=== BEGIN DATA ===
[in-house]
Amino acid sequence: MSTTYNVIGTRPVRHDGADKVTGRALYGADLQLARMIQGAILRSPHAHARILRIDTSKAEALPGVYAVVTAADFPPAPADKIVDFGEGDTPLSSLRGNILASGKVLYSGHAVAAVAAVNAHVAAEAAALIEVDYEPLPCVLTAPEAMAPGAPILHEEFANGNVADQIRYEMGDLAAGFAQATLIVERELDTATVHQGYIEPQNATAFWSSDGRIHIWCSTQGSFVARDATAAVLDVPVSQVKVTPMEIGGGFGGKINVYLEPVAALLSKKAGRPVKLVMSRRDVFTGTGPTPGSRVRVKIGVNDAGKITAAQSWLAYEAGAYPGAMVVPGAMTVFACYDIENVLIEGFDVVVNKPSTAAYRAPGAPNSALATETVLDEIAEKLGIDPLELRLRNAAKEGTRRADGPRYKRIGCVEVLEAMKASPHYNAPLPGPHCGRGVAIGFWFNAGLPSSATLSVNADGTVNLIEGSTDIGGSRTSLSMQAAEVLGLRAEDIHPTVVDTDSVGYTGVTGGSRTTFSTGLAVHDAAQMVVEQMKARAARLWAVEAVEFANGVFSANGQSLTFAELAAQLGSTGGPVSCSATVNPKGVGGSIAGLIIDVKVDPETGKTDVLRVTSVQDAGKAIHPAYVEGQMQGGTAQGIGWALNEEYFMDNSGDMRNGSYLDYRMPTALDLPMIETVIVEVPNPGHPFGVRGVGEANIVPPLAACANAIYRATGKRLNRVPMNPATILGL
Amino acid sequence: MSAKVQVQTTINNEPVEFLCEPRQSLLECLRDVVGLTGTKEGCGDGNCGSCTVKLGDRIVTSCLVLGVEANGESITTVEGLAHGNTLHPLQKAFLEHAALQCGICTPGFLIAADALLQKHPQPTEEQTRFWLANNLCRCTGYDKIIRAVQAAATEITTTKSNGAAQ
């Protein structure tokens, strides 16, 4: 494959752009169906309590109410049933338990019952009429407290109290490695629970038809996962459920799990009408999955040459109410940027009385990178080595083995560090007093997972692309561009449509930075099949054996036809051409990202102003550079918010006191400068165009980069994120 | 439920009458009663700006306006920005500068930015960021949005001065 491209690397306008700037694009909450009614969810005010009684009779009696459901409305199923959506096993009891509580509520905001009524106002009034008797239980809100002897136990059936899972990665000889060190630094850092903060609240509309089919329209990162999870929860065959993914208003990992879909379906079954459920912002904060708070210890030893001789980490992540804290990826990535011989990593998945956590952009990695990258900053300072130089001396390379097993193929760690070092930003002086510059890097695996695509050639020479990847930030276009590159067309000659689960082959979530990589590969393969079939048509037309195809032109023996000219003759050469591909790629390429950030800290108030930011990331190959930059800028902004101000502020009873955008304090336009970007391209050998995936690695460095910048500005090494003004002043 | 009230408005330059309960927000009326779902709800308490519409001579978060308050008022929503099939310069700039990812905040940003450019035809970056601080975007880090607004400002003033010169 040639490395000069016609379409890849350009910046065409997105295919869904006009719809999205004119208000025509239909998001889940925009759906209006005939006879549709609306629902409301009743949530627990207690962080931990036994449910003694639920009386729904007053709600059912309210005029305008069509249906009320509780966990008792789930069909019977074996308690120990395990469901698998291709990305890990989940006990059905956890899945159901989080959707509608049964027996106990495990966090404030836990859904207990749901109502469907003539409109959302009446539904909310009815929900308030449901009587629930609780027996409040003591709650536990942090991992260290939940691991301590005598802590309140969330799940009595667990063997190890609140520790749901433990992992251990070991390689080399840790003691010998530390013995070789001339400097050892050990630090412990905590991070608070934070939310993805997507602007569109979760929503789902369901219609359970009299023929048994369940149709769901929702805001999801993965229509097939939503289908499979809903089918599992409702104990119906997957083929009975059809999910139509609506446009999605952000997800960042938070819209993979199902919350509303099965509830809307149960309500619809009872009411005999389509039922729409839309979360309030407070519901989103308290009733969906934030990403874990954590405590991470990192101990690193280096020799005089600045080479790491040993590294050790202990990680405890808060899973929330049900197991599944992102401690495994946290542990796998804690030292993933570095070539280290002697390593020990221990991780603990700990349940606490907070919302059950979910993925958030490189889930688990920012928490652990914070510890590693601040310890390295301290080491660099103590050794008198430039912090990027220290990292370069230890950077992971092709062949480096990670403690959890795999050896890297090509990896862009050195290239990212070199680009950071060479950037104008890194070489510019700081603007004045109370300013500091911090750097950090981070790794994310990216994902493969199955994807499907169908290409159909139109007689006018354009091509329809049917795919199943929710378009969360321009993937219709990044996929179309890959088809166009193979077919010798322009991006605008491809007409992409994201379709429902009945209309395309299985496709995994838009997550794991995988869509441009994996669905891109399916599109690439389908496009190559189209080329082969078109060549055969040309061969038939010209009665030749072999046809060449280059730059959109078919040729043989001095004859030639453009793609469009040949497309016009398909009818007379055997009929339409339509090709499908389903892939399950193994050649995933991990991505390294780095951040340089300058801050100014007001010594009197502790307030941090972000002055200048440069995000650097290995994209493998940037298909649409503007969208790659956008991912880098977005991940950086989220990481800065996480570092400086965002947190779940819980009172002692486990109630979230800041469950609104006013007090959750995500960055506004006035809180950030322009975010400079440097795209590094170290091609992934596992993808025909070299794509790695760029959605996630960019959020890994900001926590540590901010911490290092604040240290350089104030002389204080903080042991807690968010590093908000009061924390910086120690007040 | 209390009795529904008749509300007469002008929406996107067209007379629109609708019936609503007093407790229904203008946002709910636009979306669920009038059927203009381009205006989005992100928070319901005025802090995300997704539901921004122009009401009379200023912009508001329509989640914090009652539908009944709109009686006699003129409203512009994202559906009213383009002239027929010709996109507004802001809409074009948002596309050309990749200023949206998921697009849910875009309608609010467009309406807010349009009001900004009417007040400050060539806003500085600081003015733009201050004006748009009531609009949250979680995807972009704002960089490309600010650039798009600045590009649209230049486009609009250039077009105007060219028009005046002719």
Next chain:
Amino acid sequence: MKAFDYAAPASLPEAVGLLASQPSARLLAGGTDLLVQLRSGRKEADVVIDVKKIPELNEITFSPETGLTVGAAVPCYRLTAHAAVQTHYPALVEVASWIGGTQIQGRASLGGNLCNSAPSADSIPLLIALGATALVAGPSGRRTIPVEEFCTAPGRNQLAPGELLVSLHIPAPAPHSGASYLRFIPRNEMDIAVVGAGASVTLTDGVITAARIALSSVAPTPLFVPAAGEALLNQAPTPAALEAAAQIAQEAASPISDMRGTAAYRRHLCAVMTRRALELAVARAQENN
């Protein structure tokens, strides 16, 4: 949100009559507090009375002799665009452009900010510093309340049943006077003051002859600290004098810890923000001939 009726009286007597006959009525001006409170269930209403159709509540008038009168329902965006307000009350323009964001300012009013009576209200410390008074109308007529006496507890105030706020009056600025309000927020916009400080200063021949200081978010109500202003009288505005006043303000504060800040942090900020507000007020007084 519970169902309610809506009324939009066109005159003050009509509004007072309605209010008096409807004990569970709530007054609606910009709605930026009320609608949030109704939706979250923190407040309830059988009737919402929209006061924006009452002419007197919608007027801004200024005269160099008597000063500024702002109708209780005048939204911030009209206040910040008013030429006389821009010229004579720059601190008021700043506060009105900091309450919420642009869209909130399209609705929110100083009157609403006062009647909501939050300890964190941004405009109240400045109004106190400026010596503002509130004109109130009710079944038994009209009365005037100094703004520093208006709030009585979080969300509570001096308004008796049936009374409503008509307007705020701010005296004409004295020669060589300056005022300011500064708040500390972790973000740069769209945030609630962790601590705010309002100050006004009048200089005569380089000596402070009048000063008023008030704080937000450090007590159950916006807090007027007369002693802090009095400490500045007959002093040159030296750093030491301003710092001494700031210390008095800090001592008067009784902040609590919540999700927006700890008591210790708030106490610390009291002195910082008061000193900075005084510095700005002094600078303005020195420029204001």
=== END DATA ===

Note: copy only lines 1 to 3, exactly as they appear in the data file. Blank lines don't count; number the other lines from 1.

[in-house]
Amino acid sequence: MSTTYNVIGTRPVRHDGADKVTGRALYGADLQLARMIQGAILRSPHAHARILRIDTSKAEALPGVYAVVTAADFPPAPADKIVDFGEGDTPLSSLRGNILASGKVLYSGHAVAAVAAVNAHVAAEAAALIEVDYEPLPCVLTAPEAMAPGAPILHEEFANGNVADQIRYEMGDLAAGFAQATLIVERELDTATVHQGYIEPQNATAFWSSDGRIHIWCSTQGSFVARDATAAVLDVPVSQVKVTPMEIGGGFGGKINVYLEPVAALLSKKAGRPVKLVMSRRDVFTGTGPTPGSRVRVKIGVNDAGKITAAQSWLAYEAGAYPGAMVVPGAMTVFACYDIENVLIEGFDVVVNKPSTAAYRAPGAPNSALATETVLDEIAEKLGIDPLELRLRNAAKEGTRRADGPRYKRIGCVEVLEAMKASPHYNAPLPGPHCGRGVAIGFWFNAGLPSSATLSVNADGTVNLIEGSTDIGGSRTSLSMQAAEVLGLRAEDIHPTVVDTDSVGYTGVTGGSRTTFSTGLAVHDAAQMVVEQMKARAARLWAVEAVEFANGVFSANGQSLTFAELAAQLGSTGGPVSCSATVNPKGVGGSIAGLIIDVKVDPETGKTDVLRVTSVQDAGKAIHPAYVEGQMQGGTAQGIGWALNEEYFMDNSGDMRNGSYLDYRMPTALDLPMIETVIVEVPNPGHPFGVRGVGEANIVPPLAACANAIYRATGKRLNRVPMNPATILGL
Amino acid sequence: MSAKVQVQTTINNEPVEFLCEPRQSLLECLRDVVGLTGTKEGCGDGNCGSCTVKLGDRIVTSCLVLGVEANGESITTVEGLAHGNTLHPLQKAFLEHAALQCGICTPGFLIAADALLQKHPQPTEEQTRFWLANNLCRCTGYDKIIRAVQAAATEITTTKSNGAAQ